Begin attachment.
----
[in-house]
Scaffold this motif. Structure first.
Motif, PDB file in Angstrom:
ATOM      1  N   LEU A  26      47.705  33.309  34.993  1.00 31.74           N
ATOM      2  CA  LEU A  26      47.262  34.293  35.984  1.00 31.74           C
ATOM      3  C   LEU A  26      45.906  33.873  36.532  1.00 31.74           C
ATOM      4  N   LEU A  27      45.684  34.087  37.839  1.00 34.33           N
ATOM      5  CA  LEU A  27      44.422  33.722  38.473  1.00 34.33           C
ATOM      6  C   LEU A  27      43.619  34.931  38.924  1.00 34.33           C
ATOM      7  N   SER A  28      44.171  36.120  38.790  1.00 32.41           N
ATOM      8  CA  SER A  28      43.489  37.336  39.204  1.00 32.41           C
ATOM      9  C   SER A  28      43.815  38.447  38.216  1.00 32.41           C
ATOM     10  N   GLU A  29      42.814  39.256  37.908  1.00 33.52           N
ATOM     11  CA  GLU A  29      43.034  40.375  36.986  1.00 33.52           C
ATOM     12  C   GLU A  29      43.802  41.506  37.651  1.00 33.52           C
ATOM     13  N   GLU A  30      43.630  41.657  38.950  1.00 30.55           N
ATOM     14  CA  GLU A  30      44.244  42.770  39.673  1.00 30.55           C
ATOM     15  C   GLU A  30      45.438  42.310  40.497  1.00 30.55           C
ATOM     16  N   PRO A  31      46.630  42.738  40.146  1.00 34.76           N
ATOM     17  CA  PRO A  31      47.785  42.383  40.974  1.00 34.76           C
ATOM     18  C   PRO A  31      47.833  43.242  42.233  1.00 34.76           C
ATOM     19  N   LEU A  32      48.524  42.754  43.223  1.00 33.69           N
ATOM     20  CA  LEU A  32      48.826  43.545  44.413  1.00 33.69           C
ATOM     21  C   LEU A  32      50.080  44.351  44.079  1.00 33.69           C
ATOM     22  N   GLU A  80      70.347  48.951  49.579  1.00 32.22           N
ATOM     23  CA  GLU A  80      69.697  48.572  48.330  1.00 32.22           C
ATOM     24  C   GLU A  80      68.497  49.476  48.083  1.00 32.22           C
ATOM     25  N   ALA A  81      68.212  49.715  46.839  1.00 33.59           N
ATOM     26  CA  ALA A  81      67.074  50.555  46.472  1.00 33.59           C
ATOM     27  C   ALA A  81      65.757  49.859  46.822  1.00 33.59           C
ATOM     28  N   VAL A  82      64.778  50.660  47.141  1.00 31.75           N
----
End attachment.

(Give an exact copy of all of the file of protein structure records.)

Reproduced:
[in-house]
Scaffold this motif. Structure first.
Motif, PDB file in Angstrom:
ATOM      1  N   LEU A  26      47.705  33.309  34.993  1.00 31.74           N
ATOM      2  CA  LEU A  26      47.262  34.293  35.984  1.00 31.74           C
ATOM      3  C   LEU A  26      45.906  33.873  36.532  1.00 31.74           C
ATOM      4  N   LEU A  27      45.684  34.087  37.839  1.00 34.33           N
ATOM      5  CA  LEU A  27      44.422  33.722  38.473  1.00 34.33           C
ATOM      6  C   LEU A  27      43.619  34.931  38.924  1.00 34.33           C
ATOM      7  N   SER A  28      44.171  36.120  38.790  1.00 32.41           N
ATOM      8  CA  SER A  28      43.489  37.336  39.204  1.00 32.41           C
ATOM      9  C   SER A  28      43.815  38.447  38.216  1.00 32.41           C
ATOM     10  N   GLU A  29      42.814  39.256  37.908  1.00 33.52           N
ATOM     11  CA  GLU A  29      43.034  40.375  36.986  1.00 33.52           C
ATOM     12  C   GLU A  29      43.802  41.506  37.651  1.00 33.52           C
ATOM     13  N   GLU A  30      43.630  41.657  38.950  1.00 30.55           N
ATOM     14  CA  GLU A  30      44.244  42.770  39.673  1.00 30.55           C
ATOM     15  C   GLU A  30      45.438  42.310  40.497  1.00 30.55           C
ATOM     16  N   PRO A  31      46.630  42.738  40.146  1.00 34.76           N
ATOM     17  CA  PRO A  31      47.785  42.383  40.974  1.00 34.76           C
ATOM     18  C   PRO A  31      47.833  43.242  42.233  1.00 34.76           C
ATOM     19  N   LEU A  32      48.524  42.754  43.223  1.00 33.69           N
ATOM     20  CA  LEU A  32      48.826  43.545  44.413  1.00 33.69           C
ATOM     21  C   LEU A  32      50.080  44.351  44.079  1.00 33.69           C
ATOM     22  N   GLU A  80      70.347  48.951  49.579  1.00 32.22           N
ATOM     23  CA  GLU A  80      69.697  48.572  48.330  1.00 32.22           C
ATOM     24  C   GLU A  80      68.497  49.476  48.083  1.00 32.22           C
ATOM     25  N   ALA A  81      68.212  49.715  46.839  1.00 33.59           N
ATOM     26  CA  ALA A  81      67.074  50.555  46.472  1.00 33.59           C
ATOM     27  C   ALA A  81      65.757  49.859  46.822  1.00 33.59           C
ATOM     28  N   VAL A  82      64.778  50.660  47.141  1.00 31.75           N